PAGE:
Congenital foot problems are deformities affecting the feet, toes, and/or ankles that children are born with. Some of these conditions have a genetic cause while others just happen. Some specific foot ailments that children may be born with include clubfeet, polydactyly/macrodactyly, and cleft foot. There are several other foot anomalies that can occur congenitally. What all of these conditions have in common is that a child may experience difficulty walking or performing everyday activities, as well as trouble finding footwear that fits their foot deformity. Some of these conditions are more serious than others. Consulting with a podiatrist as early as possible will help in properly diagnosing a child’s foot condition while getting the necessary treatment underway.

What are Causes of Congenital Foot Problem?

A congenital foot problem is one that happens to a child at birth. These conditions can be caused by a genetic predisposition, developmental or positional abnormalities during gestation, or with no known cause.

What are Symptoms of Congenital Foot Problems?

Symptoms vary by the congenital condition. Symptoms may consist of the following:

  • Clubfoot, where tendons are shortened, bones are shaped differently, and the Achilles tendon is tight, causing the foot to point in and down. It is also possible for the soles of the feet to face each other.
  • Polydactyly, which usually consists of a nubbin or small lump of tissue without a bone, a toe that is partially formed but has no joints, or an extra toe.
  • Vertical talus, where the talus bone forms in the wrong position causing other bones in the foot to line up improperly, the front of the foot to point up, and the bottom of the foot to stiffen, with no arch, and to curve out.
  • Tarsal coalition, when there is an abnormal connection of two or more bones in the foot leading to severe, rigid flatfoot.
  • Cleft foot, where there are missing toes, a V-shaped cleft, and other anatomical differences.
  • Macrodactyly, when the toes are abnormally large due to overgrowth of the underlying bone or soft tissue.

Treatment and Prevention

While there is nothing one can do to prevent congenital foot problems, raising awareness and receiving neonatal screenings are important. Early detection by taking your child to a podiatrist leads to the best outcome possible.

If you have any questions please feel free to contact our offices located in Brentwood and Madison, TN . We offer the newest diagnostic tools and technology to treat your foot and ankle needs.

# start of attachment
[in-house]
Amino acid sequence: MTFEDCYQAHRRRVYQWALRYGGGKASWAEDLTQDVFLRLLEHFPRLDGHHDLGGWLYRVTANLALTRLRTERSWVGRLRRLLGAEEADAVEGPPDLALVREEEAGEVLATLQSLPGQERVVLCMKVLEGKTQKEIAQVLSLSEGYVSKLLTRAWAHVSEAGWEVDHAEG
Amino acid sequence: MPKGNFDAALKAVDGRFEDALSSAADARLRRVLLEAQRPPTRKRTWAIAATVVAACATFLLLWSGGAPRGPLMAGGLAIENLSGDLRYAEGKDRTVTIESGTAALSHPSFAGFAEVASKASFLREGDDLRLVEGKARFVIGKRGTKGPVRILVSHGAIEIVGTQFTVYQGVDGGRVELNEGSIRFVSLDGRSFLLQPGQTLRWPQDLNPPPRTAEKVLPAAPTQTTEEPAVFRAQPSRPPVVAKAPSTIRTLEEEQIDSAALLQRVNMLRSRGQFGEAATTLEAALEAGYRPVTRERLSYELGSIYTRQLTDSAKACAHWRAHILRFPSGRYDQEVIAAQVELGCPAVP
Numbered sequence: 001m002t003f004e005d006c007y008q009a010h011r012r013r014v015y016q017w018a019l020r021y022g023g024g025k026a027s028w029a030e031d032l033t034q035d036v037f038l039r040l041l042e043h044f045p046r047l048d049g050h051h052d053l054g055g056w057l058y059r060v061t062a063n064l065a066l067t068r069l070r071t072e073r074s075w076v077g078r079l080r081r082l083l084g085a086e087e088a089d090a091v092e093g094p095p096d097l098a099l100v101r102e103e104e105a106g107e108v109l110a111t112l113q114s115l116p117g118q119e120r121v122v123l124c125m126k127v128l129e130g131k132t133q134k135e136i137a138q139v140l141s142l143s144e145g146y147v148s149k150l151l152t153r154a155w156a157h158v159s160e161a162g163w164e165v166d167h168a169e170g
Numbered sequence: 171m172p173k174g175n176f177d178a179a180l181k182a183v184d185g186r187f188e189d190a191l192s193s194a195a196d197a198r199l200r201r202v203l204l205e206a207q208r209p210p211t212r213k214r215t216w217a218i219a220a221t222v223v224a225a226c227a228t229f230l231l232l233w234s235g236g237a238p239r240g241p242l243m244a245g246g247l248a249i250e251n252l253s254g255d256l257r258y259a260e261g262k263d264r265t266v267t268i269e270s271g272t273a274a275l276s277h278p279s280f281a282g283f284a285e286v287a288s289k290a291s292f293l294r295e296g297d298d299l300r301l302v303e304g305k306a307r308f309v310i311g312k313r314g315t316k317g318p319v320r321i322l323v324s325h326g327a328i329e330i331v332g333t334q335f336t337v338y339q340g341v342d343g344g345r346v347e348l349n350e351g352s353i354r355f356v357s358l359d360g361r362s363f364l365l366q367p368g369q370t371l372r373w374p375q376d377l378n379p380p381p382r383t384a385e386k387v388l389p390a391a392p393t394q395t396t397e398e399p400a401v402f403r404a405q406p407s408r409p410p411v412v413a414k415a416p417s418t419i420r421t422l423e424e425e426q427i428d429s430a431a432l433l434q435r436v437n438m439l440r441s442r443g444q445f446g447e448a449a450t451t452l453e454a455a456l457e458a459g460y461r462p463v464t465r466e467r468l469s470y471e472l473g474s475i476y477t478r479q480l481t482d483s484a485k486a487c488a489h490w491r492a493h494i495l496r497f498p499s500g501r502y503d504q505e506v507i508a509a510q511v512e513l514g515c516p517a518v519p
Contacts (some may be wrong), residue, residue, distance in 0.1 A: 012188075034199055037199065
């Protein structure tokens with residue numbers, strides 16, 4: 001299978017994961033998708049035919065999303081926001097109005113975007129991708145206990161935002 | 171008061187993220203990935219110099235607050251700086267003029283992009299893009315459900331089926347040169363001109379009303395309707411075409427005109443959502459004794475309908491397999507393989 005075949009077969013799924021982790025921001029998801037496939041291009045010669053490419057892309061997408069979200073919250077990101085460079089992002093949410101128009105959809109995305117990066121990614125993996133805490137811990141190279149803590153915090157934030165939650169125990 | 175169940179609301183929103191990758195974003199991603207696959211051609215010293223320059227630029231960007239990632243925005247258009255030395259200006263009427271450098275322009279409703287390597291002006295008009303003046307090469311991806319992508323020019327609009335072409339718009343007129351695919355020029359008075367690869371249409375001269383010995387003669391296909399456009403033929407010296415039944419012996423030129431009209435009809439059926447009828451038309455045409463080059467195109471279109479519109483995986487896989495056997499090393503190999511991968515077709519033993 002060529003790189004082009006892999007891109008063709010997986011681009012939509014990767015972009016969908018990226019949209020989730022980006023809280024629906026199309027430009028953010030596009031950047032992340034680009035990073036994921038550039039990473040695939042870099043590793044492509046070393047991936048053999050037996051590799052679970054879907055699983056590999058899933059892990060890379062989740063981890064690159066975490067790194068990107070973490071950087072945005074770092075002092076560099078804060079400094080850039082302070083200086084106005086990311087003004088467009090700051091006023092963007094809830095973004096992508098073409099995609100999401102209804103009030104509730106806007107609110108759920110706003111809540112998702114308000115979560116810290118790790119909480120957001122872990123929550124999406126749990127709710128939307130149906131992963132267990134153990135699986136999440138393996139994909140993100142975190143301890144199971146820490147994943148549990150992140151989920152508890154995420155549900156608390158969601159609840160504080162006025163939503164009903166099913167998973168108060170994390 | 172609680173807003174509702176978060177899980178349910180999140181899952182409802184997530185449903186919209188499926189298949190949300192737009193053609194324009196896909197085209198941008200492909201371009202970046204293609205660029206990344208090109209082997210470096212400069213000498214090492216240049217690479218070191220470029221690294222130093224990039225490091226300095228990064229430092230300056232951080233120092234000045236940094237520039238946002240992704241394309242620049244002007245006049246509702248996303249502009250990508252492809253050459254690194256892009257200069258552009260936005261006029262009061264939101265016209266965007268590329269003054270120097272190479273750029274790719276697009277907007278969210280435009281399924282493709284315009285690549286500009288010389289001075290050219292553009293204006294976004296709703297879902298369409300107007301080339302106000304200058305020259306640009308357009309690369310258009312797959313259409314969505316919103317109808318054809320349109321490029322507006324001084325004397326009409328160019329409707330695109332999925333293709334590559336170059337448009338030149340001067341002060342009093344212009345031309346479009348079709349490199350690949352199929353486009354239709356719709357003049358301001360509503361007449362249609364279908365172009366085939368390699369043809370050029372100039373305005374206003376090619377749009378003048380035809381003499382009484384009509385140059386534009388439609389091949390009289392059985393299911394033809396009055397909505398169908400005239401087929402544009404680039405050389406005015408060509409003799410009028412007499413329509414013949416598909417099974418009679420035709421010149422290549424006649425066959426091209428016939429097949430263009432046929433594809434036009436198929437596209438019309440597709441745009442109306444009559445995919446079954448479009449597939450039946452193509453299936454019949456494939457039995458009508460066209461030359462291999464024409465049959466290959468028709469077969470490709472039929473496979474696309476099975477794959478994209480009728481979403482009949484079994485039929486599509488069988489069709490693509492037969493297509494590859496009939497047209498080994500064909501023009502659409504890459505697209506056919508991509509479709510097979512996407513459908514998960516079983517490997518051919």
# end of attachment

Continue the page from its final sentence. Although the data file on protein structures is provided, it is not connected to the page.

Read more about Congenital Foot Problems
Tuesday, 12 March 2024 00:00

Achilles Tendon Pain

If you are experiencing pain in the back of your heel, you may have injured your Achilles tendon. This tendon, named after the legendary Greek warrior Achilles, connects the calf muscles to the heel bone. Achilles tendon injuries are common among athletes, particularly in sports like basketball and soccer. Symptoms include pain in the back of the heel or up the back of the leg, ranging from mild to severe. These injuries can occur in different places along the tendon, with the most serious being Achilles tendinopathy, which involves chronic inflammation and fluid buildup. Treatment typically involves rest, gentle stretching, and strengthening exercises. Prevention strategies include paying attention to foot mechanics, adjusting running stride, and building flexibility and strength in the lower legs through targeted exercises. If you are experiencing pain in your Achilles tendon area, it is suggested that you make an appointment with a podiatrist for an evaluation and treatment.

Achilles tendon injuries need immediate attention to avoid future complications. If you have any concerns, contact Gary Cockrell, DPM of Tennessee. Our doctor can provide the care you need to keep you pain-free and on your feet.

What Is the Achilles Tendon?

The Achilles tendon is a tendon that connects the lower leg muscles and calf to the heel of the foot. It is the strongest tendon in the human body and is essential for making movement possible. Because this tendon is such an integral part of the body, any injuries to it can create immense difficulties and should immediately be presented to a doctor.

What Are the Symptoms of an Achilles Tendon Injury?